I clearly remember a day this fall after completing several difficult projects. I was excited about how well things were going—then I saw my sink, absolutely overflowing with dirty dishes and pans. But balance is a myth. So instead of feeling upset about all I couldn’t get done that day, I smiled and remembered that nobody is actually “doing it all”…and even if they are, I don’t have to.
I’ve learned that to try and tie myself to a belief stating all must be perfectly balanced is to doom myself to regular disappointment, self-criticism, and dissatisfaction. But remembering that balance is a myth gives me the freedom to delight in what is going well, and nurture what next needs attention, without feeling like I’m continually failing by not meeting an impossible standard.
No. 5 Failure doesn’t change my identity
We talk a lot in this space about identity, specifically identity in Christ [What Is My Identity in Christ?], and what this means for our everyday life. I am learning to see challenges, mistakes, and failures as new opportunities to recognize the truth of who I already am in Jesus. Without performance. Without success. Without getting it all right.
I wrote a whole post about this [How to Hold onto Your Identity in the Midst of Failure], so I won’t say much here, but I experienced a disappointing failure this fall, and it gave me the opportunity to keep living this story I believe in so much. I am so thankful for that experience, and deeply grateful for the understanding of grace that has allowed my perspective to shift in this area.
No. 6 I can’t rush feeling at home, nor do I have to
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One year ago today we moved into our new home. I’ll be honest—it took a long time for me to feel like I was home. Despite the months of muscle-building work, and the long hours of drywall mudding, and the thousand-and-one trips to Lowe’s, I felt like I was trying to wear someone else’e clothes and make them fit. And this only made me feel guilty. I was “supposed” to be excited, and ready, and contented, and all the things. Here’s one thing I’m learning: I can’t rush home-ness, and I don’t have to. Being at home—in a new place, with particular people, or even in my own skin—is not a snap-my-fingers kind of deal. Sure, there are things we can do to help the feelings along. But sometimes we try everything, and there’s still not the sense of settled-ness we’ve been expecting. This is okay. This is, actually, normal. And this is an opportunity. An opportunity for faith. Faith in time. Faith in the process. Faith in being where you belong. There’s this subterranean belief that when you’re really home, really with your people, or really yourself, there’s a ‘click.’ Things are comfortable. Things are easy. True or false? I say both. Sometimes, that click is legit. And sometimes, like a seedling pointed skyward, you just have to grow into it. I say the growth is worth the time.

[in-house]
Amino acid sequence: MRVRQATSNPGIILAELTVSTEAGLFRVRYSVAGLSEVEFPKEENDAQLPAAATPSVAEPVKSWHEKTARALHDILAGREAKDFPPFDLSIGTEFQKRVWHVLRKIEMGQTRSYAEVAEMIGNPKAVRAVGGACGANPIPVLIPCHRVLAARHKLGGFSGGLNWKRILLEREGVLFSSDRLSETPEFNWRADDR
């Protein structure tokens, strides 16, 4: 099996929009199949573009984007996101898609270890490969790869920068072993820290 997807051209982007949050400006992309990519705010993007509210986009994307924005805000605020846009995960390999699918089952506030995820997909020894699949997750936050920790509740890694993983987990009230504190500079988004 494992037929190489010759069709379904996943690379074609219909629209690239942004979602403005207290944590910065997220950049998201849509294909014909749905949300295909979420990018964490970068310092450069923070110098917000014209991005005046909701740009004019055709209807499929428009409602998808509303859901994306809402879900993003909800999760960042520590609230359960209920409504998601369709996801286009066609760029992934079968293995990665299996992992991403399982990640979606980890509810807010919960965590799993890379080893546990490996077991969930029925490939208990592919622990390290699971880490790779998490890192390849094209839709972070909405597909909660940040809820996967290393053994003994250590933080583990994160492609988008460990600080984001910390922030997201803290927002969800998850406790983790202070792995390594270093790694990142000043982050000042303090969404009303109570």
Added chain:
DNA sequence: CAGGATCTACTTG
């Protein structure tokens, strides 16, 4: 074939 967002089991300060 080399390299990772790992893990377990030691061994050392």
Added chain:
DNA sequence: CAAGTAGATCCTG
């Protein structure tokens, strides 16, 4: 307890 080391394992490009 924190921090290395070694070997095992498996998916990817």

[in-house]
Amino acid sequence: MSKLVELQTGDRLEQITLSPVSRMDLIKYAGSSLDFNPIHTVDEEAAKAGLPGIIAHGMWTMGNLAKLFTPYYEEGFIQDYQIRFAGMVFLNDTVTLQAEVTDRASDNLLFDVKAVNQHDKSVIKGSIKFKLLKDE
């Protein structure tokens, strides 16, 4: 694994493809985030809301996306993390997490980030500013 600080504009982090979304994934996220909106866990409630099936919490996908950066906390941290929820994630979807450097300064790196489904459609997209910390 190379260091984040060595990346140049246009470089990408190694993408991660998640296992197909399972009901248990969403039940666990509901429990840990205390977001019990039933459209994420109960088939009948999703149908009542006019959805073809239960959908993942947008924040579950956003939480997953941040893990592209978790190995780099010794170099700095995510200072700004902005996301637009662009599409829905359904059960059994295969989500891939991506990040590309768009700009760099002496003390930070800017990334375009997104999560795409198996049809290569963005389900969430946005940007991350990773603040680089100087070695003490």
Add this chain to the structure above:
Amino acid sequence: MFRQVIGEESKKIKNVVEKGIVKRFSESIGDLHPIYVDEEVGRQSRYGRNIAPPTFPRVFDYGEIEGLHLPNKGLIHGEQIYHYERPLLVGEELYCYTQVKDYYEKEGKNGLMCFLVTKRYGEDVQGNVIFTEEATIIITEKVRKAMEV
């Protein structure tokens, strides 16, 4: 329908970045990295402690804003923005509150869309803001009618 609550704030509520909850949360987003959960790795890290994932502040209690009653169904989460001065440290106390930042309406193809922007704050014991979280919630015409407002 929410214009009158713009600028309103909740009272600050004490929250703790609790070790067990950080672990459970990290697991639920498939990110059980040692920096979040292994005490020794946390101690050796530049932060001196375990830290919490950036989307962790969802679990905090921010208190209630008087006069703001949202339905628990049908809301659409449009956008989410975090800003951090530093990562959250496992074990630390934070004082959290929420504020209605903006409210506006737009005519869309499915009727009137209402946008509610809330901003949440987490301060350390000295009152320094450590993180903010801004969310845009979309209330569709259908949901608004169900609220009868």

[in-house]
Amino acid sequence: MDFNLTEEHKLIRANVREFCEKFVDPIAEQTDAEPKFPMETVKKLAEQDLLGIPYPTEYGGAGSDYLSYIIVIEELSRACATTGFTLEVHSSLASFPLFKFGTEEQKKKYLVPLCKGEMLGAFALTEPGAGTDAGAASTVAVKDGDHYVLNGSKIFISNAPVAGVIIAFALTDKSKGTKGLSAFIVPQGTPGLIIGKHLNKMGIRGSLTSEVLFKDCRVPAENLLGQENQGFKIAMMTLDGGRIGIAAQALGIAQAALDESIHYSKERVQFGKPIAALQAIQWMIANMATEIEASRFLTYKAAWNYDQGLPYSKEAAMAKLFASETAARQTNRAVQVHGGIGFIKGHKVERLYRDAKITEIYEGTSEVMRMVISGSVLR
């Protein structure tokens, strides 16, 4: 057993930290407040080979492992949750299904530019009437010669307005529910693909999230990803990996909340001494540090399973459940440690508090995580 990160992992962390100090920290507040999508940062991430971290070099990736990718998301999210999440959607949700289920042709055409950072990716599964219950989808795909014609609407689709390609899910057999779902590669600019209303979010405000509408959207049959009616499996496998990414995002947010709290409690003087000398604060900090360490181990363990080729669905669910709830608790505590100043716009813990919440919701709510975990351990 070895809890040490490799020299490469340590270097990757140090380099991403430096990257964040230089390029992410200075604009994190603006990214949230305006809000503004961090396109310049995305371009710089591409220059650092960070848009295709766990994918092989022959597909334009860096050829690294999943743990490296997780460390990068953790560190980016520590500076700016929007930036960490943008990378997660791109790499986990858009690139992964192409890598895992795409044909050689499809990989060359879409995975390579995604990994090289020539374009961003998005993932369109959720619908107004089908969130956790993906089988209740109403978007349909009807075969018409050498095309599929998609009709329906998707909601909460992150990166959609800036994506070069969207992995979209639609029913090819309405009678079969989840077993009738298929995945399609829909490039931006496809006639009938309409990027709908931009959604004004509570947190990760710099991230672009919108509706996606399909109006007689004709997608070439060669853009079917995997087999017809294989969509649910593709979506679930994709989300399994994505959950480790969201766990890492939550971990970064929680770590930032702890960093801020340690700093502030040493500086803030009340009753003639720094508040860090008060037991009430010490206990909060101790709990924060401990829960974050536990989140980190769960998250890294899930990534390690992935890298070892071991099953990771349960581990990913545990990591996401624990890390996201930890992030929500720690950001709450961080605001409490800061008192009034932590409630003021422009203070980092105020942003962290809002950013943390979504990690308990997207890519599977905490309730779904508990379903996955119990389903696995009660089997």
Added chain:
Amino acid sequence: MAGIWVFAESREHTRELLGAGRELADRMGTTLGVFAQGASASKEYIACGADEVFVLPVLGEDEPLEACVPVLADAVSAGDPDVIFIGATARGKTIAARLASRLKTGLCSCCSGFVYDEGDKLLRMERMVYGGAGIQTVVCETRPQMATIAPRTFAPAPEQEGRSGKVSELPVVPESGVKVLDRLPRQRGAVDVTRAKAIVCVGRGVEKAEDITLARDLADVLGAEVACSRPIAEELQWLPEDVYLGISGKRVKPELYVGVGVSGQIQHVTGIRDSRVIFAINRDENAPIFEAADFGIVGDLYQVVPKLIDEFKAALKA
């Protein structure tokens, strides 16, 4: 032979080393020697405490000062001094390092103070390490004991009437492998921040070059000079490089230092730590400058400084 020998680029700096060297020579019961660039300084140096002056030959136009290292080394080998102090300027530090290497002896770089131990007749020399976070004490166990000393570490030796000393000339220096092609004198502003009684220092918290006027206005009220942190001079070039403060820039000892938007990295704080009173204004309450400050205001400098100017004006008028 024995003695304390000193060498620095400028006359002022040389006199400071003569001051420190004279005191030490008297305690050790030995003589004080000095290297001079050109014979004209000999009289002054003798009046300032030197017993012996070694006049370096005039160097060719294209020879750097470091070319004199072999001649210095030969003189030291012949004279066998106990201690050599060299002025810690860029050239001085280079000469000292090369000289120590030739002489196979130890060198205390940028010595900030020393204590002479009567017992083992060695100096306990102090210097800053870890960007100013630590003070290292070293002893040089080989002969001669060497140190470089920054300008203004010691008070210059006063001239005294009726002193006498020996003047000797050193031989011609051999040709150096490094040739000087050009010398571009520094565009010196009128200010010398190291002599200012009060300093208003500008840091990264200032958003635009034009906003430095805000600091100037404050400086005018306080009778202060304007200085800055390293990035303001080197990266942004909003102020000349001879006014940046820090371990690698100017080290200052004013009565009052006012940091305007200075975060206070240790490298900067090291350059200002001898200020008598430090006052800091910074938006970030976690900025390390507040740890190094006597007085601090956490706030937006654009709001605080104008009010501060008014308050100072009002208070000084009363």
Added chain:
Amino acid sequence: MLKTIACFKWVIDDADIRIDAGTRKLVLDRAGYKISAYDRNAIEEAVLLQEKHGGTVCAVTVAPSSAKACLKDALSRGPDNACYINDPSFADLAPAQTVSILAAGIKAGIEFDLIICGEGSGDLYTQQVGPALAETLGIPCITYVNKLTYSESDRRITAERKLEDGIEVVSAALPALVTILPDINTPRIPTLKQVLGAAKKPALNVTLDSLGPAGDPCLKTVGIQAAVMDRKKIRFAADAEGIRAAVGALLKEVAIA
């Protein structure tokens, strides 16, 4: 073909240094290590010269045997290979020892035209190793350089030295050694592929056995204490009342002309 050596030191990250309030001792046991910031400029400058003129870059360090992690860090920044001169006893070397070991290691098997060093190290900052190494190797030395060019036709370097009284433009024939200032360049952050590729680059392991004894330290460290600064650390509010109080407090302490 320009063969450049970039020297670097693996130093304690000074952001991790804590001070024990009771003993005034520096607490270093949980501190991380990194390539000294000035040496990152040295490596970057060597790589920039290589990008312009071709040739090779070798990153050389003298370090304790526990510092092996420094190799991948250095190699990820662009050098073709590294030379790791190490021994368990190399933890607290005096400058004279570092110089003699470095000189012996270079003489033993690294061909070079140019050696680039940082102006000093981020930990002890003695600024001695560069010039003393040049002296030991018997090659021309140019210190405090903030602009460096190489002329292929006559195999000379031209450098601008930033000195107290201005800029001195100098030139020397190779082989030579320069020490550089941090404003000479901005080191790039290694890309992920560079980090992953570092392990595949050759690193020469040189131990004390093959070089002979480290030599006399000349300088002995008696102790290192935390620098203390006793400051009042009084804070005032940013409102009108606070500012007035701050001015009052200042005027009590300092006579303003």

We celebrated our one-year anniversary in our home this November. I spent some time thinking about it, and wrote a post about it for Instagram. The bottom line is that even the best things often take time to grow into.
No. 7 Celebrate every. little. win.
I have always struggled with this. I am usually so satisfied by finishing something I set out to do, I actually forget to celebrate it. I’m busy thinking about the next thing, or processing what I’ve just done.
But I have learned this autumn to take a moment and celebrate the tiniest things—getting the kitchen cleaned up, or editing a few sentences, or going one more hour without a potty training accident. It’s all something to acknowledge and appreciate. And this can be done simply for its own sake. Not for any other “more important” reason. Celebrating the small stuff in the presence of God is a practice I want to cultivate for the rest of my life.
What about you? What have you learned this autumn? Share in the comments below.
This post is one of many shared by a community of writers who meet up every quarter on Emily P. Freeman’s blog, to trade what we’ve learned. Check it out here.